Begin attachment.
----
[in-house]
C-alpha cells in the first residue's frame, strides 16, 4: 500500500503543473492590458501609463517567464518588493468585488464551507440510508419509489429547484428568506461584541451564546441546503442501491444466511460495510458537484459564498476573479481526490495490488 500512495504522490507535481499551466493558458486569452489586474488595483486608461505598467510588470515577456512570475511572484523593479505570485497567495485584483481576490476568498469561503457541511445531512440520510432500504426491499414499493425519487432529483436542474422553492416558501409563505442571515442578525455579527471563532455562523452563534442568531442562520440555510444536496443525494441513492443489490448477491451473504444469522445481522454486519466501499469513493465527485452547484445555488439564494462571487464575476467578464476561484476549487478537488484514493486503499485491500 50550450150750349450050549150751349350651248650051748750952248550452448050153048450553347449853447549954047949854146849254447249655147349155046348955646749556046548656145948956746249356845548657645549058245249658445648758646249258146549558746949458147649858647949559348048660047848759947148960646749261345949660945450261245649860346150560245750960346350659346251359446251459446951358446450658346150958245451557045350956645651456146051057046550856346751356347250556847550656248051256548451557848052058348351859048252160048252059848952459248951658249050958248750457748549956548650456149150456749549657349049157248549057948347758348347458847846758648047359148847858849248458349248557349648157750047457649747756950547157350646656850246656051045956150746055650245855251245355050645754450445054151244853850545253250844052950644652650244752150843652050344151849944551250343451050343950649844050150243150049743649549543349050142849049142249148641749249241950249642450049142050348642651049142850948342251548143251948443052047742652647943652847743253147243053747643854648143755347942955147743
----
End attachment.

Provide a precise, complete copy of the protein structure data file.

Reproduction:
[in-house]
C-alpha cells in the first residue's frame, strides 16, 4: 500500500503543473492590458501609463517567464518588493468585488464551507440510508419509489429547484428568506461584541451564546441546503442501491444466511460495510458537484459564498476573479481526490495490488 500512495504522490507535481499551466493558458486569452489586474488595483486608461505598467510588470515577456512570475511572484523593479505570485497567495485584483481576490476568498469561503457541511445531512440520510432500504426491499414499493425519487432529483436542474422553492416558501409563505442571515442578525455579527471563532455562523452563534442568531442562520440555510444536496443525494441513492443489490448477491451473504444469522445481522454486519466501499469513493465527485452547484445555488439564494462571487464575476467578464476561484476549487478537488484514493486503499485491500 50550450150750349450050549150751349350651248650051748750952248550452448050153048450553347449853447549954047949854146849254447249655147349155046348955646749556046548656145948956746249356845548657645549058245249658445648758646249258146549558746949458147649858647949559348048660047848759947148960646749261345949660945450261245649860346150560245750960346350659346251359446251459446951358446450658346150958245451557045350956645651456146051057046550856346751356347250556847550656248051256548451557848052058348351859048252160048252059848952459248951658249050958248750457748549956548650456149150456749549657349049157248549057948347758348347458847846758648047359148847858849248458349248557349648157750047457649747756950547157350646656850246656051045956150746055650245855251245355050645754450445054151244853850545253250844052950644652650244752150843652050344151849944551250343451050343950649844050150243150049743649549543349050142849049142249148641749249241950249642450049142050348642651049142850948342251548143251948443052047742652647943652847743253147243053747643854648143755347942955147743